Over 2 million people fish in the state of Texas. If we add that all up, Texans spend more than 34,735,000 days fishing annually! Often by accident or neglect, fishing line gets left behind. Modern Fishing gear is very strong and extremely efficient at catching not only the desired fish, but anything else in its path. It can snag on different things, such as rocks or trees or depending on the age, the line can break without warning. It can also be carried away by wind or tossed overboard purposefully. Fishing line is a contributor of nonpoint source pollution, harms species on land and in the water. Because it is made from artificial materials, the line does not break down naturally (biodegrade) and can persist for up to 600 years in the environment.
To fight the battle against the massive amount of monofilament fishing line that ends up in our waterways and environment, Fishing’s Future has established a monofilament awareness program and developed a guide on creating monofilament collection stations to provide a secure means of disposing monofilament line and ensuring it stays out of our water. The best part is anyone can build a monofilament station anywhere in Texas!
Texas Stream Team’s Role in Monofilament Finders
Texas Stream Team has taken the initiative in mitigating the dangers of monofilament line by partnering with Fishing’s Future to help install monofilament collections stations throughout Texas and provide helpful resources. Texas Stream Team is working to restore habitat and protect wildlife across our state by mobilizing a network of trained citizen scientists to remove fishing line and recycle monofilament line. Texas Stream Team citizen scientist are encouraged to pick up any fishing line while out monitoring.
Interested in Partnering?
Please contact firstname.lastname@example.org if you are interested in learning more about incorporating Texas Stream Team or Monofilament Finders into your program. We can help with citizen science-based water quality monitoring, environmental assessments, riparian habitat assessments, monofilament removal, and more!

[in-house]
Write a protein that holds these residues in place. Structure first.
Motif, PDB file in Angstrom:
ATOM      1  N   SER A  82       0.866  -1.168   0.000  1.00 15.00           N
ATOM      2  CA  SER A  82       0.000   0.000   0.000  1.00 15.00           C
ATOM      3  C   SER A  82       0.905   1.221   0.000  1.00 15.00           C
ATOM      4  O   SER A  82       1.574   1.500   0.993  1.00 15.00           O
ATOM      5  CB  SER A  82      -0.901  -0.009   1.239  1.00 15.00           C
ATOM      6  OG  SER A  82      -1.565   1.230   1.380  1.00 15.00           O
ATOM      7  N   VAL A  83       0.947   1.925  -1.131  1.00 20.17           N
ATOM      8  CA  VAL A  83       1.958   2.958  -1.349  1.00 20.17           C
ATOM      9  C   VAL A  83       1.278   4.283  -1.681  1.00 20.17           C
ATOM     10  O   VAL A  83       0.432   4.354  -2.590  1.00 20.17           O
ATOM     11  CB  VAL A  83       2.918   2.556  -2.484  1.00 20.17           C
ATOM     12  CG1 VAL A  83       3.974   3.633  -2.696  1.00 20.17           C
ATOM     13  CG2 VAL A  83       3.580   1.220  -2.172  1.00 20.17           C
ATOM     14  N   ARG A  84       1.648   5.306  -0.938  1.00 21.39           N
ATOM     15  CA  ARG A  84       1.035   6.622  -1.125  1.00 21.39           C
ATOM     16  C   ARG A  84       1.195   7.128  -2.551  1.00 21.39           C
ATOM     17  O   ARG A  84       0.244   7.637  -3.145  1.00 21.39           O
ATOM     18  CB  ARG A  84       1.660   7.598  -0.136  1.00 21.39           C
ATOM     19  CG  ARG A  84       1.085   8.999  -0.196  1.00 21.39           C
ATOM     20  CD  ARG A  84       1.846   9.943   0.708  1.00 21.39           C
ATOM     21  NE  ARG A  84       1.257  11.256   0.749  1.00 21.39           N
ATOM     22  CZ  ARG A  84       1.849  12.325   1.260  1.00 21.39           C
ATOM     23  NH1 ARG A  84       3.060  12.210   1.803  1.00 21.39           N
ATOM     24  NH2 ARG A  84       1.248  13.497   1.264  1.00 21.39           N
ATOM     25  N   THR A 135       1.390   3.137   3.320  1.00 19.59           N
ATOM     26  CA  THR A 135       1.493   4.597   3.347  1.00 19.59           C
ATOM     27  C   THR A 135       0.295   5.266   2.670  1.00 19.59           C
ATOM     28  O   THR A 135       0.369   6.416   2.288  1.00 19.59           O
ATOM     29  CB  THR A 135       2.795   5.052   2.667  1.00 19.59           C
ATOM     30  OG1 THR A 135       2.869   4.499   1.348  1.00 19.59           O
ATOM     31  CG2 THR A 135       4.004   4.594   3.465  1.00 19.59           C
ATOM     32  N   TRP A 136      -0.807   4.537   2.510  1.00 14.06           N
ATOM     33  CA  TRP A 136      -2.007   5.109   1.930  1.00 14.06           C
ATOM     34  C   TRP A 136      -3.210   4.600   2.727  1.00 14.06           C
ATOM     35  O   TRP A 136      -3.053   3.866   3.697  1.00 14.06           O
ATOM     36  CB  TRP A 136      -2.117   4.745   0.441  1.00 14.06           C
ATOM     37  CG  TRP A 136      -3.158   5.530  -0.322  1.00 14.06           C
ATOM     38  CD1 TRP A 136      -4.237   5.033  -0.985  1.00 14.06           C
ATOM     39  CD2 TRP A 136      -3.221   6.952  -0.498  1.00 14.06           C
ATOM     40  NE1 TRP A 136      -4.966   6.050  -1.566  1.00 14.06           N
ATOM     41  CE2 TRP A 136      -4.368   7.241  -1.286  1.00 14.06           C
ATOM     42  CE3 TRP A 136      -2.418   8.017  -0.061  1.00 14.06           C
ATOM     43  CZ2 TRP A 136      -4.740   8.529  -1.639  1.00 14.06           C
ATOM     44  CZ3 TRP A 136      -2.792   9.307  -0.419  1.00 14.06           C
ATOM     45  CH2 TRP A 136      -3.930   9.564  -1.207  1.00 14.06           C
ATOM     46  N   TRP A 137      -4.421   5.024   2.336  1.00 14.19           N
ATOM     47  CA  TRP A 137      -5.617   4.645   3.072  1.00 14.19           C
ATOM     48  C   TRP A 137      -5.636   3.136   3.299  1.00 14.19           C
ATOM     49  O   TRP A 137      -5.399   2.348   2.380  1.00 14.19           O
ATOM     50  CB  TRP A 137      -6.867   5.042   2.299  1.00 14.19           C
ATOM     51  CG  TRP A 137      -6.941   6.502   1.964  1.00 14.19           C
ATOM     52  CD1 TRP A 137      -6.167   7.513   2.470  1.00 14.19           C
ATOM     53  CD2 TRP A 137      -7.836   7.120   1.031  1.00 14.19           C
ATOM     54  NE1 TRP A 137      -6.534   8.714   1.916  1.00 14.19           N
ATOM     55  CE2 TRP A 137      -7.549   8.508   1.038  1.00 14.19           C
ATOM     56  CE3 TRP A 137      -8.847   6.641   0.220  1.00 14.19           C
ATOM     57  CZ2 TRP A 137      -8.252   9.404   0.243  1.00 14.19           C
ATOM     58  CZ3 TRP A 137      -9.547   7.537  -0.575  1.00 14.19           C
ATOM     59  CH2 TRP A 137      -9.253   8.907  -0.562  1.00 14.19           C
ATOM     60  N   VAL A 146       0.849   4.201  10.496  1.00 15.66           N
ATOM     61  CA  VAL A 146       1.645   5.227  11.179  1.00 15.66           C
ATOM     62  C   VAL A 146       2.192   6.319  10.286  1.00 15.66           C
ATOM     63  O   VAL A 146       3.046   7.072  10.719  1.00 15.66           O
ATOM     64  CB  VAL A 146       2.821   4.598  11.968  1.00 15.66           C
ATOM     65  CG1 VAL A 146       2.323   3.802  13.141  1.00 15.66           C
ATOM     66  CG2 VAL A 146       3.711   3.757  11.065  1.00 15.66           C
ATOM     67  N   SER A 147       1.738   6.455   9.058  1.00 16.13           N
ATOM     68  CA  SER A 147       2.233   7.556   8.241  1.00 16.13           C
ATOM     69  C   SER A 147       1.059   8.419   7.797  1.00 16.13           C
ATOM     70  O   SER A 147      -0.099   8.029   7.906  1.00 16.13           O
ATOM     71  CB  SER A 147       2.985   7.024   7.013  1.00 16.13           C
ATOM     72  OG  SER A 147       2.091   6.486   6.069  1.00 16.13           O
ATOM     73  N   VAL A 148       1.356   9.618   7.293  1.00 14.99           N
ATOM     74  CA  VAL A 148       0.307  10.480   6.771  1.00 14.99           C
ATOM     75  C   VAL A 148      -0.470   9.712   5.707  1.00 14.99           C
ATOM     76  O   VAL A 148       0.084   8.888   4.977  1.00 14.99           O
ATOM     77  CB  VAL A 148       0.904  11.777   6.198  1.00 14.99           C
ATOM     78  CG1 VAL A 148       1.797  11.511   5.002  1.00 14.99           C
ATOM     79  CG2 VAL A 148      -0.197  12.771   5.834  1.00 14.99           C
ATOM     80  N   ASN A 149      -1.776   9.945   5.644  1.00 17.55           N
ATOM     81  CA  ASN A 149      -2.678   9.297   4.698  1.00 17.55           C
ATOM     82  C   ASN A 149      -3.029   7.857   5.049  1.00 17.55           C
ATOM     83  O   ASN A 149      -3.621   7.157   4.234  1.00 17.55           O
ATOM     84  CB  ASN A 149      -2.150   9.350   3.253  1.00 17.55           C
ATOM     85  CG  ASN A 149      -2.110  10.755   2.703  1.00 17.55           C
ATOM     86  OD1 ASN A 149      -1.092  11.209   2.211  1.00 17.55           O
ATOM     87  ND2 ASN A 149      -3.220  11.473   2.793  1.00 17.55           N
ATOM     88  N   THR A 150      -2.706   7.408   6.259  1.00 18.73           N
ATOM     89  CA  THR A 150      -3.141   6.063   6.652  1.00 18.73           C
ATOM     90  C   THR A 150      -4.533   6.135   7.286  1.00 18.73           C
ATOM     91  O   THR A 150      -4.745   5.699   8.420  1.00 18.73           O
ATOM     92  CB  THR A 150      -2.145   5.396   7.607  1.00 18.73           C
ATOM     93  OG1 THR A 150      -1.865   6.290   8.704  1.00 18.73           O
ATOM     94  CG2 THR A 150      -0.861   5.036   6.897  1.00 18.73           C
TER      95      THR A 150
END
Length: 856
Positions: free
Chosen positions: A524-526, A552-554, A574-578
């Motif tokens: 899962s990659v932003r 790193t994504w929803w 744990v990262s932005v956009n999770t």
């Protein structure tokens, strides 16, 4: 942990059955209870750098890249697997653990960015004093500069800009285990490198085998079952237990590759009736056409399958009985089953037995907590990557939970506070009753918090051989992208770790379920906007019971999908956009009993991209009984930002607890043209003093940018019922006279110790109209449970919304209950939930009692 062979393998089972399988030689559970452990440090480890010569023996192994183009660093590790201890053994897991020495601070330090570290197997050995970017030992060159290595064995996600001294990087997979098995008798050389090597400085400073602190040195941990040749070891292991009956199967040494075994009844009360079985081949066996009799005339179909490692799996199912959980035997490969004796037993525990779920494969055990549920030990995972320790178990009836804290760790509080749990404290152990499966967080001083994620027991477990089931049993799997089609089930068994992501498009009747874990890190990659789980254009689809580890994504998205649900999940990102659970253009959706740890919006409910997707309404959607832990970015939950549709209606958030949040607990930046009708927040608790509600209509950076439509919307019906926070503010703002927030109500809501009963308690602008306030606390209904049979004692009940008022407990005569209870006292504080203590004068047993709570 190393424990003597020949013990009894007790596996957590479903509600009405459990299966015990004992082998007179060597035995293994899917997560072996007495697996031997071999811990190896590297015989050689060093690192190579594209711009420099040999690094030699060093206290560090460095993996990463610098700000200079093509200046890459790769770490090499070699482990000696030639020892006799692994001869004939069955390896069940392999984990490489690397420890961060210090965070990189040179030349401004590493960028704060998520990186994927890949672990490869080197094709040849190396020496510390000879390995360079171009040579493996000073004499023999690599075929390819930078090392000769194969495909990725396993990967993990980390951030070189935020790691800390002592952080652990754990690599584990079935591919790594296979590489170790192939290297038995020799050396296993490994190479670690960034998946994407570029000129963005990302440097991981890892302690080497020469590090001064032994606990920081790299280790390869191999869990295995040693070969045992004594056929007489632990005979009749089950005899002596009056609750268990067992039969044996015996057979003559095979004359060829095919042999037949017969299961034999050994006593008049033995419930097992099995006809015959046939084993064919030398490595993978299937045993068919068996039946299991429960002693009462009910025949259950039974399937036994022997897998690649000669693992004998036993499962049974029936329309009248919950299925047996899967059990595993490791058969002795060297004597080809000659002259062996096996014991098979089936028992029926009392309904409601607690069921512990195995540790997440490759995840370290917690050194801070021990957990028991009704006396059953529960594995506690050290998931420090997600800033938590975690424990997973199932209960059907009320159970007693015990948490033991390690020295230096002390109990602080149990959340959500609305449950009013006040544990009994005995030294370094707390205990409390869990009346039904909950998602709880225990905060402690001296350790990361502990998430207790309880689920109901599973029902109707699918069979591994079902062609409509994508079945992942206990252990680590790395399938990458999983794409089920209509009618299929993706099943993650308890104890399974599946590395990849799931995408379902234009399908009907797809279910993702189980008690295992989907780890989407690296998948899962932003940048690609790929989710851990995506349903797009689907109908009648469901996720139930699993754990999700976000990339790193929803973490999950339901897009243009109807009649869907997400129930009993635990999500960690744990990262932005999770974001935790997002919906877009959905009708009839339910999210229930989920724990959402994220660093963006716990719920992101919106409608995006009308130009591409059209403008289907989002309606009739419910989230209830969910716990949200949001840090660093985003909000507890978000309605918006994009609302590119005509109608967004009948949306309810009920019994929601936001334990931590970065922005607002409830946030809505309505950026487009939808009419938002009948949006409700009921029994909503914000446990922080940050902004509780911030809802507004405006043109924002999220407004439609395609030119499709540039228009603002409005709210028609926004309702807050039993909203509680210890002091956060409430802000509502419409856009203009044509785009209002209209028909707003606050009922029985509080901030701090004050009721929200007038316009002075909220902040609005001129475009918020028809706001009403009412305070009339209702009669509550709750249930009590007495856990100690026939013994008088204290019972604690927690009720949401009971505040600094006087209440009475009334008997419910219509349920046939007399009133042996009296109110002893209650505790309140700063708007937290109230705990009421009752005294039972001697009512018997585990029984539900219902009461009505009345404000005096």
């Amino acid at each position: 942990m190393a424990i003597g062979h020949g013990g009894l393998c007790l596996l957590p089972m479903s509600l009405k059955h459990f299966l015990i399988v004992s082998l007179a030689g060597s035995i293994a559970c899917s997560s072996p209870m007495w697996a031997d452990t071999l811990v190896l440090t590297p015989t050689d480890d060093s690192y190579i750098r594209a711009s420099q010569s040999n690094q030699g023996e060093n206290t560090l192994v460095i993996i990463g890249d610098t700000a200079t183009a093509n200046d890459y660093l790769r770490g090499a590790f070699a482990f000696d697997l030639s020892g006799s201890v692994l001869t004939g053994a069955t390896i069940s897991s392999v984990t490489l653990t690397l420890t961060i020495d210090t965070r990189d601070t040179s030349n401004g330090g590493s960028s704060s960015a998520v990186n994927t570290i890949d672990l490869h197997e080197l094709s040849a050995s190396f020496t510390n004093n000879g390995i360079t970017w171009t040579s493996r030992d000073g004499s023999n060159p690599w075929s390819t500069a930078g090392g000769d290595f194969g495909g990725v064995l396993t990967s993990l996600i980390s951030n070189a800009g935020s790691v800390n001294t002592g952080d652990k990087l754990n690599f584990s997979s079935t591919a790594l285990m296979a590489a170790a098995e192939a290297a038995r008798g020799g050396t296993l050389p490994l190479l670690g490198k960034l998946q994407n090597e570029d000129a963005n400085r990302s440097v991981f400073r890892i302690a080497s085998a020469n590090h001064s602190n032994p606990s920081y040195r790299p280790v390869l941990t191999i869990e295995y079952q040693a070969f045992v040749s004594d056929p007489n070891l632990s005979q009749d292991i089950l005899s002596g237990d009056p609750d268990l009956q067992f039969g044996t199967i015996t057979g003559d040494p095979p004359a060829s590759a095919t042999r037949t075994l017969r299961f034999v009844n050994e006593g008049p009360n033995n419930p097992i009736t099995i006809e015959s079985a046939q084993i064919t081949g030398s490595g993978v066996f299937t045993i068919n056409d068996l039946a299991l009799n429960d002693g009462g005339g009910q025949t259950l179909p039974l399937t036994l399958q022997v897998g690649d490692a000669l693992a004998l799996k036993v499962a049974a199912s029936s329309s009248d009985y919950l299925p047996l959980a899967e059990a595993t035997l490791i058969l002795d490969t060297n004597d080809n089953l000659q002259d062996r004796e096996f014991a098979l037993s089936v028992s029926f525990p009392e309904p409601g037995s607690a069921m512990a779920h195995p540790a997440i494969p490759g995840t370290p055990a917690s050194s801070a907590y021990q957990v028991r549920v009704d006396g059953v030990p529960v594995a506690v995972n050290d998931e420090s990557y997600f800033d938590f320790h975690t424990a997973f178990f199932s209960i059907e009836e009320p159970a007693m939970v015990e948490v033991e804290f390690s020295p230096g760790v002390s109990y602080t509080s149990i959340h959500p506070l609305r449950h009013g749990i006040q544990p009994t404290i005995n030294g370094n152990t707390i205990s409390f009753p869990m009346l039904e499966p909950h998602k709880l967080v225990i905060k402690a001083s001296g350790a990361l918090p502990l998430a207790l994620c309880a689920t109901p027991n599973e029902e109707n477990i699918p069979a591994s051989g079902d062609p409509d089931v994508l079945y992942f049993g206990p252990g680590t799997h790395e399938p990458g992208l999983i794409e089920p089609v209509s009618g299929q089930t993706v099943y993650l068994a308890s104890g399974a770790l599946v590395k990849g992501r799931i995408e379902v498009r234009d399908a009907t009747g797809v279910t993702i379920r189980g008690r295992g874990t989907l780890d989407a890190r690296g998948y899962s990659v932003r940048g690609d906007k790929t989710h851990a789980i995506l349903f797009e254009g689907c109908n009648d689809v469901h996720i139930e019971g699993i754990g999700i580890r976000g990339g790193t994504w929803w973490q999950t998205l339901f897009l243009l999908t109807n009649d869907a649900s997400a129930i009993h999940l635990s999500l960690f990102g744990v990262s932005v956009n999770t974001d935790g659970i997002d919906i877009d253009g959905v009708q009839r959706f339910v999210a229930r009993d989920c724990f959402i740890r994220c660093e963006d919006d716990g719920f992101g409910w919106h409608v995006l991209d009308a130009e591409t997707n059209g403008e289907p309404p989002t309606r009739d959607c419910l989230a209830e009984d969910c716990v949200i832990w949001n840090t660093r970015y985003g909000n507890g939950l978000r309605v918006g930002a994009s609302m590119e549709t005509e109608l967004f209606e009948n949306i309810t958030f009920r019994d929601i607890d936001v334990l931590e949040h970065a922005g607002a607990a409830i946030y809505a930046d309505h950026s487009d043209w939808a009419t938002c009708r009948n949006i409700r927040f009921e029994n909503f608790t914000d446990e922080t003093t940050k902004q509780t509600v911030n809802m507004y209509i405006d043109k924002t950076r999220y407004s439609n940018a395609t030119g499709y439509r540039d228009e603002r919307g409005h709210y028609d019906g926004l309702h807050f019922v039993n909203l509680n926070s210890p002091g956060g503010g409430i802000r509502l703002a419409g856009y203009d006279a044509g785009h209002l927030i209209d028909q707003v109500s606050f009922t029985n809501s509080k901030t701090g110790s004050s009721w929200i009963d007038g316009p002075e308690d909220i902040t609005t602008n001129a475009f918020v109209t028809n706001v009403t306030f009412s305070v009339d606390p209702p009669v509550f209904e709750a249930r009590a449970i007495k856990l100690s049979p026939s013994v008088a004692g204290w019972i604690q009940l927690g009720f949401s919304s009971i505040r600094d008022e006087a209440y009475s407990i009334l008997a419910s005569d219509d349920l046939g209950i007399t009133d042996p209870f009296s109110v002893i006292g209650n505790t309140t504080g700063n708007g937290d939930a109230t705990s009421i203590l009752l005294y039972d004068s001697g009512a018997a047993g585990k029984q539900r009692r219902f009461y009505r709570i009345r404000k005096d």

Help keep fishing line out of the environment by disposing of it at a local monofilament collection station.
Don’t see a collection station near you? See the next section below to learn how to build your own station! Or, contact Texas Sea Grant at (979) 845-3854.
Anyone can build a monofilament collection station! Before building a station, it is important to work with a local landowner, organization, city, etc. to decipher where the station is allowed to be installed, who will install it, and who will service the station. It is important that a station is kept up with so it can be utilized to its full potential.
Watch this video for step by step instructions on how to build a monofilament collection station.
A guide with all the equipment and resources can also be found here.
Step 1: Safely remove the fishing line in the collection station. It is recommended to wear gloves in the event there are hooks. Carefully remove fishing Hooks, bobbers, and plant material from the fishing line.
Step 2: Separate the monofilament line from other fishing line. Monofilament line is the only recyclable fishing line. Monofilament is a single-strand, high-density nylon line that is used on fishing reels. Monofilament line gives a bit more stretch than other fishing lines and is also thicker than most line. An easy way to ensure the line is indeed monofilament and eligible for recycling, is to test if the line floats.
If the line is not recyclable, it should still be removed from the environment, cut into pieces less than 6 inches long and disposed of properly.
Step 3: Prepare the fishing line to be sent to a recycling vendor. Below is a table with a list of vendors located in the United States who will recycle or upcycle the monofilament line they receive. Be sure to follow their preparation and shipping instructions to ensure your collected line will be recycled.
How to Ship
Ship monofilament line in an envelope or cardboard box.
1900 18th Street
Spirit Lake, Iowa 51360
Blood Knot Ring
Fill out package dimensions form to receive a prepaid shipping label.
919 W Mulberry, Bloomington IL 61701
Texas Stream Team citizen scientist are encouraged to pick up any fishing line while out monitoring and document the findings on the Environmental Monitoring Form.
Monofilament line kills wildlife in multiple ways. One hazard is entanglement. The plastic line can wrap around the bodies of different animals making it impossible for them to move. They can die from infection, starvation, predation, or suffocation. Another threat is ingestion. When consumed, the plastic creates a false sense of fullness and animals can die from lack of food.
According to the Environmental Investigation Agency, approximately 90% of seabirds and 56% of marine mammals have been documented ingesting plastic. Filter feeding animals, such as whales and clams, are also at-risk for ingesting microplastics and other toxic substances. This phenomenon has become so widespread that reducing plastic consumption has become a worldwide, high-priority effort.
If you see impacted wildlife, follow guidelines from your local animal rescue operation. Locate additional rehab centers by county here: www.TPWD.Texas.gov